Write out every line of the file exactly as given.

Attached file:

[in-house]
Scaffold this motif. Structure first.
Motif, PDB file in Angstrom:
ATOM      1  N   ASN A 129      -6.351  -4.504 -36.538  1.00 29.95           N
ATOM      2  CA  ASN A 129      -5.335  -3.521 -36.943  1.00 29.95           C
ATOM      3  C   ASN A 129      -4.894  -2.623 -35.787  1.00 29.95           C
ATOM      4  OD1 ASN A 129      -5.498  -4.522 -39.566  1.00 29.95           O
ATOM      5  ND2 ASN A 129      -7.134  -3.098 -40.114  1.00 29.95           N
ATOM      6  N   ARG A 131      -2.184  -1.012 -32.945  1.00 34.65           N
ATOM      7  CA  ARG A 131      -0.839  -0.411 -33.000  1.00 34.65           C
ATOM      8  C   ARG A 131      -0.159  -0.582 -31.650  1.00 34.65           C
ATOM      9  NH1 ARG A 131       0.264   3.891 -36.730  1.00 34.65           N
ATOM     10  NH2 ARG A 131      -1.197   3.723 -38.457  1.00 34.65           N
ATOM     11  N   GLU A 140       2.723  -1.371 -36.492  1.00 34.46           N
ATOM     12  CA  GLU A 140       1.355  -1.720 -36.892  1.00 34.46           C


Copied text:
[in-house]
Scaffold this motif. Structure first.
Motif, PDB file in Angstrom:
ATOM      1  N   ASN A 129      -6.351  -4.504 -36.538  1.00 29.95           N
ATOM      2  CA  ASN A 129      -5.335  -3.521 -36.943  1.00 29.95           C
ATOM      3  C   ASN A 129      -4.894  -2.623 -35.787  1.00 29.95           C
ATOM      4  OD1 ASN A 129      -5.498  -4.522 -39.566  1.00 29.95           O
ATOM      5  ND2 ASN A 129      -7.134  -3.098 -40.114  1.00 29.95           N
ATOM      6  N   ARG A 131      -2.184  -1.012 -32.945  1.00 34.65           N
ATOM      7  CA  ARG A 131      -0.839  -0.411 -33.000  1.00 34.65           C
ATOM      8  C   ARG A 131      -0.159  -0.582 -31.650  1.00 34.65           C
ATOM      9  NH1 ARG A 131       0.264   3.891 -36.730  1.00 34.65           N
ATOM     10  NH2 ARG A 131      -1.197   3.723 -38.457  1.00 34.65           N
ATOM     11  N   GLU A 140       2.723  -1.371 -36.492  1.00 34.46           N
ATOM     12  CA  GLU A 140       1.355  -1.720 -36.892  1.00 34.46           C